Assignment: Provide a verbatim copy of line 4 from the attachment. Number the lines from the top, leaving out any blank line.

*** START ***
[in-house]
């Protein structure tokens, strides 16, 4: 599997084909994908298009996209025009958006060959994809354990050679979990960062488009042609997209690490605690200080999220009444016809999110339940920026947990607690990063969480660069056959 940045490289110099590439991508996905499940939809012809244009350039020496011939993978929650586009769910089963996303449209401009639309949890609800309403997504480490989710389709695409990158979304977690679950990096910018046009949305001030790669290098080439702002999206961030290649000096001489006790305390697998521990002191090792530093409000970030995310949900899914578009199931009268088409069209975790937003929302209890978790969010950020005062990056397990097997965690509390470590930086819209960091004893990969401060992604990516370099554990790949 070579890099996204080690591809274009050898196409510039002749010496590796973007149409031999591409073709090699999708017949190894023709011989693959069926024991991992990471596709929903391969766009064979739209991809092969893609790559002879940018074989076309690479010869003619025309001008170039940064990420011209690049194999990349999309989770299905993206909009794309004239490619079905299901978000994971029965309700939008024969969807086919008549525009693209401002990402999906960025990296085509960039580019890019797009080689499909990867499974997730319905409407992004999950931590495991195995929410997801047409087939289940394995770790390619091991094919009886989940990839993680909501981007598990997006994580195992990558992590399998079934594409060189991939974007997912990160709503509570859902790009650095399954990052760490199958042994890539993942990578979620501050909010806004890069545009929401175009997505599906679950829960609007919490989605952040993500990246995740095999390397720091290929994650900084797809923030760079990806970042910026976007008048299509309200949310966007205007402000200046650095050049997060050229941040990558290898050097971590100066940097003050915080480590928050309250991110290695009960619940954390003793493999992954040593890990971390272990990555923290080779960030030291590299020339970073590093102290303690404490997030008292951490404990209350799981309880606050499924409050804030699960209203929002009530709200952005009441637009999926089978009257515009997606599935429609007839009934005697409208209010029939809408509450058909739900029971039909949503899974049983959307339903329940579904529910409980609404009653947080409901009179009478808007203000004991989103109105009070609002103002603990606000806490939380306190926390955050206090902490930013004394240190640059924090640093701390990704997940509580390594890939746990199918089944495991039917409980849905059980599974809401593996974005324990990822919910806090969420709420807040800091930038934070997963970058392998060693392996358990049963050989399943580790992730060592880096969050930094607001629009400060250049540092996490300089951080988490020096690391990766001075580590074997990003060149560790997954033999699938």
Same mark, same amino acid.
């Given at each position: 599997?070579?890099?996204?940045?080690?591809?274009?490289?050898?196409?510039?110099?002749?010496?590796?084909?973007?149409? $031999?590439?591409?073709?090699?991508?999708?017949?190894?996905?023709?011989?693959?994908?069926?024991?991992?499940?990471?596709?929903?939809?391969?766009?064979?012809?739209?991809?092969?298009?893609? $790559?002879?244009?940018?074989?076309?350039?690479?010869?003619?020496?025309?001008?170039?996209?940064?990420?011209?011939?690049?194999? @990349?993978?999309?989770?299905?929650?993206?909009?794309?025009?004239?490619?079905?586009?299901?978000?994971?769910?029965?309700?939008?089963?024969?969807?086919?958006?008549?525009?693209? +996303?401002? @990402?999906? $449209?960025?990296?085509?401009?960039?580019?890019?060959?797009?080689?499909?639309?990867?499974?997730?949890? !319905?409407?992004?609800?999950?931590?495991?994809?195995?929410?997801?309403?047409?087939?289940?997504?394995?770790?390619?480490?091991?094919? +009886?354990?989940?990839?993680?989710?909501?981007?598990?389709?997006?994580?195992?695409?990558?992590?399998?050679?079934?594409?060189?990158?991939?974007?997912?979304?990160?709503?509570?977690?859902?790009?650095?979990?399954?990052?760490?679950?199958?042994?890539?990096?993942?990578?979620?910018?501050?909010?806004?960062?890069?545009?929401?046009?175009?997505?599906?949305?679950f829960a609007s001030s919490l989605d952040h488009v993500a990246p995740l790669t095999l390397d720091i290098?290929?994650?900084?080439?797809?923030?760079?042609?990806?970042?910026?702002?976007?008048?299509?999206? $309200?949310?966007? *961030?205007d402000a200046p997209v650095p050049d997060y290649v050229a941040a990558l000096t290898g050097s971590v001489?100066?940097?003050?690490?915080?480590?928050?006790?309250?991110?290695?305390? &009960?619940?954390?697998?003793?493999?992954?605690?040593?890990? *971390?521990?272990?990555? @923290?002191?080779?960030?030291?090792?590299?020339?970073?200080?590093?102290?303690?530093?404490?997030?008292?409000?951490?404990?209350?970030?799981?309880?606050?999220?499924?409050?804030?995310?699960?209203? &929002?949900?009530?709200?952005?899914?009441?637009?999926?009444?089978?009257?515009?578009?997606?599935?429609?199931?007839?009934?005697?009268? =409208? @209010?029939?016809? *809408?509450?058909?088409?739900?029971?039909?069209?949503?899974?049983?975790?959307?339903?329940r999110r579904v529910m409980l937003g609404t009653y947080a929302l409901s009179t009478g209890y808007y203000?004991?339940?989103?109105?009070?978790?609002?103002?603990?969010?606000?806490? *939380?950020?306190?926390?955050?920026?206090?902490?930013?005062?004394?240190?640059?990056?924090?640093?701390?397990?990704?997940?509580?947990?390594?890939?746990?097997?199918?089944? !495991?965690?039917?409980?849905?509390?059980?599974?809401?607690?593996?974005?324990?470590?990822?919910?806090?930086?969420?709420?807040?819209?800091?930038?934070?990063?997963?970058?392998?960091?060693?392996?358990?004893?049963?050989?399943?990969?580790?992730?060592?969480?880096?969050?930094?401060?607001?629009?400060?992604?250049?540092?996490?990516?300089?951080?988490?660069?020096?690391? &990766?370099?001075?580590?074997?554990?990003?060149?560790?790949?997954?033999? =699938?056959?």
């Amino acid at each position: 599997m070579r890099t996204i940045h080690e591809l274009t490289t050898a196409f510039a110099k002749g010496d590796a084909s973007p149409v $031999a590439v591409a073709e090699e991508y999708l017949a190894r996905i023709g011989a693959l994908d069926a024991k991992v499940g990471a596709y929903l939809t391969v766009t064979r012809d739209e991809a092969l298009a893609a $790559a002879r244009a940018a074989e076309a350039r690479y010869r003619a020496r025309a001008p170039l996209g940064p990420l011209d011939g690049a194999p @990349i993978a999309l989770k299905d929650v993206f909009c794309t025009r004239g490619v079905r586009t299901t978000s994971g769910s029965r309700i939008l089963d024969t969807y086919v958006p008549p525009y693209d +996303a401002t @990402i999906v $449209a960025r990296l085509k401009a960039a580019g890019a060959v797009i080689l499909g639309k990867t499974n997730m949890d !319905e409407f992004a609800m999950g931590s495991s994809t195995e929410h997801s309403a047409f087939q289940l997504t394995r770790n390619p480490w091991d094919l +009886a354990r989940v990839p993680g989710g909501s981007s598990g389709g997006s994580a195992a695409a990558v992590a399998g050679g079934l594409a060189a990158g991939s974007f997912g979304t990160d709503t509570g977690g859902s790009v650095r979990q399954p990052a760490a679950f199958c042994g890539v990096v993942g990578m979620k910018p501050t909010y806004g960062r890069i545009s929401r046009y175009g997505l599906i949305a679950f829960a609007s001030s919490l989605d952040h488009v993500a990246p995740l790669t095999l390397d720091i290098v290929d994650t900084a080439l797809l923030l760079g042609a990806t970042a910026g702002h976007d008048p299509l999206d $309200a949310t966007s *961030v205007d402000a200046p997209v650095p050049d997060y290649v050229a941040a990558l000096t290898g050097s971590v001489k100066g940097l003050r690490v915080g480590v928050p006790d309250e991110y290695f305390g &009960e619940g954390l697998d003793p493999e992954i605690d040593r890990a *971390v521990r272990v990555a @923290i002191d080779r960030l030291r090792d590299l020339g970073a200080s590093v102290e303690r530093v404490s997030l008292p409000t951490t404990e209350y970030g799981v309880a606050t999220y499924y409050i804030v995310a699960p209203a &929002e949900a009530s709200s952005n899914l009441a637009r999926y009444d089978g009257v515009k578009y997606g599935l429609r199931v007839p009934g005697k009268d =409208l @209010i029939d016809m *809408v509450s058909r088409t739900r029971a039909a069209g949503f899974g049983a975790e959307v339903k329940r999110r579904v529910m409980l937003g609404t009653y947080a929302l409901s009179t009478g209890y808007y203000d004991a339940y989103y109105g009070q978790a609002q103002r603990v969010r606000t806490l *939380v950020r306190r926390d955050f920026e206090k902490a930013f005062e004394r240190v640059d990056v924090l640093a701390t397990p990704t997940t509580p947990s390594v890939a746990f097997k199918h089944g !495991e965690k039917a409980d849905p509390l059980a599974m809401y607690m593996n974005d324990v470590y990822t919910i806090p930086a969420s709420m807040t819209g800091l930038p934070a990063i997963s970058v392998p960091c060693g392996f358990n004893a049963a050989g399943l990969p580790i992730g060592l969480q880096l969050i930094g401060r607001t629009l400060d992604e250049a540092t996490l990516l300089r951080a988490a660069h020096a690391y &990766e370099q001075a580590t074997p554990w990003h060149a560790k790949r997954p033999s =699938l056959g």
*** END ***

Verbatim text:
């Given at each position: 599997?070579?890099?996204?940045?080690?591809?274009?490289?050898?196409?510039?110099?002749?010496?590796?084909?973007?149409? $031999?590439?591409?073709?090699?991508?999708?017949?190894?996905?023709?011989?693959?994908?069926?024991?991992?499940?990471?596709?929903?939809?391969?766009?064979?012809?739209?991809?092969?298009?893609? $790559?002879?244009?940018?074989?076309?350039?690479?010869?003619?020496?025309?001008?170039?996209?940064?990420?011209?011939?690049?194999? @990349?993978?999309?989770?299905?929650?993206?909009?794309?025009?004239?490619?079905?586009?299901?978000?994971?769910?029965?309700?939008?089963?024969?969807?086919?958006?008549?525009?693209? +996303?401002? @990402?999906? $449209?960025?990296?085509?401009?960039?580019?890019?060959?797009?080689?499909?639309?990867?499974?997730?949890? !319905?409407?992004?609800?999950?931590?495991?994809?195995?929410?997801?309403?047409?087939?289940?997504?394995?770790?390619?480490?091991?094919? +009886?354990?989940?990839?993680?989710?909501?981007?598990?389709?997006?994580?195992?695409?990558?992590?399998?050679?079934?594409?060189?990158?991939?974007?997912?979304?990160?709503?509570?977690?859902?790009?650095?979990?399954?990052?760490?679950?199958?042994?890539?990096?993942?990578?979620?910018?501050?909010?806004?960062?890069?545009?929401?046009?175009?997505?599906?949305?679950f829960a609007s001030s919490l989605d952040h488009v993500a990246p995740l790669t095999l390397d720091i290098?290929?994650?900084?080439?797809?923030?760079?042609?990806?970042?910026?702002?976007?008048?299509?999206? $309200?949310?966007? *961030?205007d402000a200046p997209v650095p050049d997060y290649v050229a941040a990558l000096t290898g050097s971590v001489?100066?940097?003050?690490?915080?480590?928050?006790?309250?991110?290695?305390? &009960?619940?954390?697998?003793?493999?992954?605690?040593?890990? *971390?521990?272990?990555? @923290?002191?080779?960030?030291?090792?590299?020339?970073?200080?590093?102290?303690?530093?404490?997030?008292?409000?951490?404990?209350?970030?799981?309880?606050?999220?499924?409050?804030?995310?699960?209203? &929002?949900?009530?709200?952005?899914?009441?637009?999926?009444?089978?009257?515009?578009?997606?599935?429609?199931?007839?009934?005697?009268? =409208? @209010?029939?016809? *809408?509450?058909?088409?739900?029971?039909?069209?949503?899974?049983?975790?959307?339903?329940r999110r579904v529910m409980l937003g609404t009653y947080a929302l409901s009179t009478g209890y808007y203000?004991?339940?989103?109105?009070?978790?609002?103002?603990?969010?606000?806490? *939380?950020?306190?926390?955050?920026?206090?902490?930013?005062?004394?240190?640059?990056?924090?640093?701390?397990?990704?997940?509580?947990?390594?890939?746990?097997?199918?089944? !495991?965690?039917?409980?849905?509390?059980?599974?809401?607690?593996?974005?324990?470590?990822?919910?806090?930086?969420?709420?807040?819209?800091?930038?934070?990063?997963?970058?392998?960091?060693?392996?358990?004893?049963?050989?399943?990969?580790?992730?060592?969480?880096?969050?930094?401060?607001?629009?400060?992604?250049?540092?996490?990516?300089?951080?988490?660069?020096?690391? &990766?370099?001075?580590?074997?554990?990003?060149?560790?790949?997954?033999? =699938?056959?």